Astronomers use Hubble to take images of the same Type Ia supernovae in ultraviolet light, which the dust almost completely blocks out, and in infrared light, which passes through dust nearly unaffected. By carefully noting how much light comes through at each wavelength, astronomers can determine how much dust lies between Hubble and the supernova, letting them confidently calibrate the relationship between a supernova’s brightness and its distance. Hubble’s unique capability to observe in ultraviolet and infrared wavelengths of light in great detail with the same instrument makes it the perfect tool for these types of observations. Indeed, some of the data used to make this beautiful image of NGC 3810 focused on its 2022 supernova. You can see it as a point of light just below the galactic nucleus in the annotated image below.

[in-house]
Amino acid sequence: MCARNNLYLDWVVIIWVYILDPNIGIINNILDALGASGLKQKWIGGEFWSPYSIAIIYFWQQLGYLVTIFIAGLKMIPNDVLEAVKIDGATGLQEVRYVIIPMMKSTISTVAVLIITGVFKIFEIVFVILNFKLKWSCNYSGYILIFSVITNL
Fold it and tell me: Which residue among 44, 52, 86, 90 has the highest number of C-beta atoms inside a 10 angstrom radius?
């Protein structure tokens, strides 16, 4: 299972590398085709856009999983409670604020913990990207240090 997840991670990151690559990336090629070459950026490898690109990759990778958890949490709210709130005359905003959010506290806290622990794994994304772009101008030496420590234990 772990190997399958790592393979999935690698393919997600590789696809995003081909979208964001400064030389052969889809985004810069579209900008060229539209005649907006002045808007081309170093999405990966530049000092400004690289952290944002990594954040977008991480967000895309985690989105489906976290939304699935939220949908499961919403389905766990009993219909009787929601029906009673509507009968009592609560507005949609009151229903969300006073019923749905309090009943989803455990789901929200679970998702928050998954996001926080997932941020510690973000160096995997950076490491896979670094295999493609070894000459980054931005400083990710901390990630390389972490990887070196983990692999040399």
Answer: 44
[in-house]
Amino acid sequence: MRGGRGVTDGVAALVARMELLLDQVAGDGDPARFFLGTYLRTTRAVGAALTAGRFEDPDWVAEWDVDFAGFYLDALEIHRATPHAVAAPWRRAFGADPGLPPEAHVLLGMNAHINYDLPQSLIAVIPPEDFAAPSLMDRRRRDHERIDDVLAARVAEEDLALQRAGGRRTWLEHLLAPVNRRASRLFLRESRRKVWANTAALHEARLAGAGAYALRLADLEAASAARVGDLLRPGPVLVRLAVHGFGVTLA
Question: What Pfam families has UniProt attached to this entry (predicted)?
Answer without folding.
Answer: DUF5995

This annotated Hubble image of NGC 3810 denotes the location of the Type Ia supernovae SN 2022zut, It was the eighteen thousand, one hundred and forty-second supernova found in 2022! ESA/Hubble & NASA, D. Sand, R. J. Foley There are many ways to measure cosmic distances, but Type Ia supernovae are one of the most useful and accurate tools because they are so bright. Astronomers must use other methods as well, either as an independent check against other distance measurements, or to measure at much closer or farther distances. One such method, that also works for galaxies, is comparing their rotation speed to their brightness; based on that method, NGC 3810 is about 50 million light-years from Earth.

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      Last Updated Jul 12, 2024 Editor Andrea Gianopoulos Location NASA Goddard Space Flight Center Related Terms
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    • By NASA